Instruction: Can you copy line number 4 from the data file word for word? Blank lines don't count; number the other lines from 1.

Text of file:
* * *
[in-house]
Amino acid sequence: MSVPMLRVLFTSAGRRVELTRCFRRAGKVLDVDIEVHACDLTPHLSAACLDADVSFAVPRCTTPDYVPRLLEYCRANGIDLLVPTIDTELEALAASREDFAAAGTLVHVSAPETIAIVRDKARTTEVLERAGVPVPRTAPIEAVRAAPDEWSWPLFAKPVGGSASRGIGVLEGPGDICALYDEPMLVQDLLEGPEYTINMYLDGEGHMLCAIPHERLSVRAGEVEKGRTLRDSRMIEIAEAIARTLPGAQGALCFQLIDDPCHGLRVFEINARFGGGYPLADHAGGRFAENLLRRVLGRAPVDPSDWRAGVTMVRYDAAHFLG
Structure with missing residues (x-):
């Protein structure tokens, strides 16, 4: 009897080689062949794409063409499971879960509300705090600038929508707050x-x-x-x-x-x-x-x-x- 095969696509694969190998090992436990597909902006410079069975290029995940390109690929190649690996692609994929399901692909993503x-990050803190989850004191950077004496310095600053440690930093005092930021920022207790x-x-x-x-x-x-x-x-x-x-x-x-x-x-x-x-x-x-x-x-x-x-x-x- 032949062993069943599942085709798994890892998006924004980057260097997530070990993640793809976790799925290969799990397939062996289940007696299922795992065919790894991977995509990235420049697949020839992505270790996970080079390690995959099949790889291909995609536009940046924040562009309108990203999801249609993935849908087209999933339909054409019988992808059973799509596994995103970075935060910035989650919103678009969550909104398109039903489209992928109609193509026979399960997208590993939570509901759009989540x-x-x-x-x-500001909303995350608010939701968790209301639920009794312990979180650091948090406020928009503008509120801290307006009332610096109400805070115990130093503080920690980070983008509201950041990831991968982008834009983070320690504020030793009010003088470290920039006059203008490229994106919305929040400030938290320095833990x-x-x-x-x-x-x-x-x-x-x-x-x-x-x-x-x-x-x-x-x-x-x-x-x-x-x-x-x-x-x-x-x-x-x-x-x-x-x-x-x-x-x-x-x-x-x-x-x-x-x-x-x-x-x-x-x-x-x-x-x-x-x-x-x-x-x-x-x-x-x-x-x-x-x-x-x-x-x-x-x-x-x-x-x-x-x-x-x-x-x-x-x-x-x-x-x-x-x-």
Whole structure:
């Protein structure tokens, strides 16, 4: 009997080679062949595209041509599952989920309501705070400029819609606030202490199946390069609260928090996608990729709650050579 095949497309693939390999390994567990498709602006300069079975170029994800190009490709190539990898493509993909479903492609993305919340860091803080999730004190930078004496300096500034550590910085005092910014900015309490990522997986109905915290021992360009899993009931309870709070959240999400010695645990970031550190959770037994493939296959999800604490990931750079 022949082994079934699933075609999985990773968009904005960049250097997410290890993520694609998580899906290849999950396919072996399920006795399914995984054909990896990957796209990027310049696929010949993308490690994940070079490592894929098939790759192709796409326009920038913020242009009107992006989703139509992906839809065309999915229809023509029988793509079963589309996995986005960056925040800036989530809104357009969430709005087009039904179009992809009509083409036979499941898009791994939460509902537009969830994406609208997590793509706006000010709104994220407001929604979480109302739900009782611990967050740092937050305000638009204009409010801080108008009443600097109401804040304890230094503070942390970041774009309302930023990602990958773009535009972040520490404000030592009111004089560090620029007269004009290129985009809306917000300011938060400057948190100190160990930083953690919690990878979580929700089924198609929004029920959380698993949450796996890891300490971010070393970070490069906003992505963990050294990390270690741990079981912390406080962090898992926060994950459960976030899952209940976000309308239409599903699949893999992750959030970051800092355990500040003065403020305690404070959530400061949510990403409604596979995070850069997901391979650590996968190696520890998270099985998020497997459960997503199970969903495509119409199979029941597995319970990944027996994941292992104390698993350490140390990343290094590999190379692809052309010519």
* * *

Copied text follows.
């Protein structure tokens, strides 16, 4: 009897080689062949794409063409499971879960509300705090600038929508707050x-x-x-x-x-x-x-x-x- 095969696509694969190998090992436990597909902006410079069975290029995940390109690929190649690996692609994929399901692909993503x-990050803190989850004191950077004496310095600053440690930093005092930021920022207790x-x-x-x-x-x-x-x-x-x-x-x-x-x-x-x-x-x-x-x-x-x-x-x- 032949062993069943599942085709798994890892998006924004980057260097997530070990993640793809976790799925290969799990397939062996289940007696299922795992065919790894991977995509990235420049697949020839992505270790996970080079390690995959099949790889291909995609536009940046924040562009309108990203999801249609993935849908087209999933339909054409019988992808059973799509596994995103970075935060910035989650919103678009969550909104398109039903489209992928109609193509026979399960997208590993939570509901759009989540x-x-x-x-x-500001909303995350608010939701968790209301639920009794312990979180650091948090406020928009503008509120801290307006009332610096109400805070115990130093503080920690980070983008509201950041990831991968982008834009983070320690504020030793009010003088470290920039006059203008490229994106919305929040400030938290320095833990x-x-x-x-x-x-x-x-x-x-x-x-x-x-x-x-x-x-x-x-x-x-x-x-x-x-x-x-x-x-x-x-x-x-x-x-x-x-x-x-x-x-x-x-x-x-x-x-x-x-x-x-x-x-x-x-x-x-x-x-x-x-x-x-x-x-x-x-x-x-x-x-x-x-x-x-x-x-x-x-x-x-x-x-x-x-x-x-x-x-x-x-x-x-x-x-x-x-x-």